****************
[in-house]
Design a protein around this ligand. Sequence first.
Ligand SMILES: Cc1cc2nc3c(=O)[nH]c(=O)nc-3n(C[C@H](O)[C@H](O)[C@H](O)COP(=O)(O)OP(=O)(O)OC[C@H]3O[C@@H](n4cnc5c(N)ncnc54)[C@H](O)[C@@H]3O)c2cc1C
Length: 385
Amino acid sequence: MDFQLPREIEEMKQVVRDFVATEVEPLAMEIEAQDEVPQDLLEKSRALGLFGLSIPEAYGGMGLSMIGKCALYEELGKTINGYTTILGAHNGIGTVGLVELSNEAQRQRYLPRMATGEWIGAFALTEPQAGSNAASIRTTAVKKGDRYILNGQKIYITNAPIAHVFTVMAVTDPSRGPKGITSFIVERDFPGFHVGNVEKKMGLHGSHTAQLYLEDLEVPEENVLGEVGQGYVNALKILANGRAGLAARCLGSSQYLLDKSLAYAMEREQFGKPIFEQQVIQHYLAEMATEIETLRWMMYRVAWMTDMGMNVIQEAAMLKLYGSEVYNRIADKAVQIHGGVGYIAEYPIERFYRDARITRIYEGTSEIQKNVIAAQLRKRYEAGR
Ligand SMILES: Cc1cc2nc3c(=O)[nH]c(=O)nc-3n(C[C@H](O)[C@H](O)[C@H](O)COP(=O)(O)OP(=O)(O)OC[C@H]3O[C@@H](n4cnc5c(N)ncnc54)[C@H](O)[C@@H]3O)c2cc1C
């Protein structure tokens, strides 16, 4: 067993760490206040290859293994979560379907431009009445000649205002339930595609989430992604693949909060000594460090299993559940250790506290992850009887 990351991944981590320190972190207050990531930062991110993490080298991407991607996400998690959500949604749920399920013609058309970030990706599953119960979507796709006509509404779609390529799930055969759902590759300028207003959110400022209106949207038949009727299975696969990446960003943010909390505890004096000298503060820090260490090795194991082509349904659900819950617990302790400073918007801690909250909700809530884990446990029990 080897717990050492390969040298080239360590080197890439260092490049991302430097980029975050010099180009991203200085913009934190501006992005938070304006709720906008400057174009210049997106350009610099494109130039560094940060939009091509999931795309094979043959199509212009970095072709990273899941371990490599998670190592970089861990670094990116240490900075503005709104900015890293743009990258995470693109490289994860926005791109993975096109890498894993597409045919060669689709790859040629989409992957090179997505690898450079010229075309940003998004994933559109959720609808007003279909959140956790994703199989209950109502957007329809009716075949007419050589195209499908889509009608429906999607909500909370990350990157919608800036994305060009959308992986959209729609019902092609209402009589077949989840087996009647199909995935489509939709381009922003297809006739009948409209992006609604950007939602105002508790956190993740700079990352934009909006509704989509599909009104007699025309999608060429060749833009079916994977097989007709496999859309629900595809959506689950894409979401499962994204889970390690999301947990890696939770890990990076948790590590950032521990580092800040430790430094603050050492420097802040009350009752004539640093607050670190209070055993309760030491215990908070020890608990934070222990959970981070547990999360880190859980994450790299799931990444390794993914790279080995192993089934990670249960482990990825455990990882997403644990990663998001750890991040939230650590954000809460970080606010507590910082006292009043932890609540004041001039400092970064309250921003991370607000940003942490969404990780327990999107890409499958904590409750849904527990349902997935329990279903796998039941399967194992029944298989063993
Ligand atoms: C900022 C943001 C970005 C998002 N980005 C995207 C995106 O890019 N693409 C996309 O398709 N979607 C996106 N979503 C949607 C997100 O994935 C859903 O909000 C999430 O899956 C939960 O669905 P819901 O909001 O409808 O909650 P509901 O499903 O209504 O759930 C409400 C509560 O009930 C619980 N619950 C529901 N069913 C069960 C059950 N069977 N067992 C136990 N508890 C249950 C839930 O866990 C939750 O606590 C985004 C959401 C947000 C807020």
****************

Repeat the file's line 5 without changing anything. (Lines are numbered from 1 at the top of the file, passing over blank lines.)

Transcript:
Amino acid sequence: MDFQLPREIEEMKQVVRDFVATEVEPLAMEIEAQDEVPQDLLEKSRALGLFGLSIPEAYGGMGLSMIGKCALYEELGKTINGYTTILGAHNGIGTVGLVELSNEAQRQRYLPRMATGEWIGAFALTEPQAGSNAASIRTTAVKKGDRYILNGQKIYITNAPIAHVFTVMAVTDPSRGPKGITSFIVERDFPGFHVGNVEKKMGLHGSHTAQLYLEDLEVPEENVLGEVGQGYVNALKILANGRAGLAARCLGSSQYLLDKSLAYAMEREQFGKPIFEQQVIQHYLAEMATEIETLRWMMYRVAWMTDMGMNVIQEAAMLKLYGSEVYNRIADKAVQIHGGVGYIAEYPIERFYRDARITRIYEGTSEIQKNVIAAQLRKRYEAGR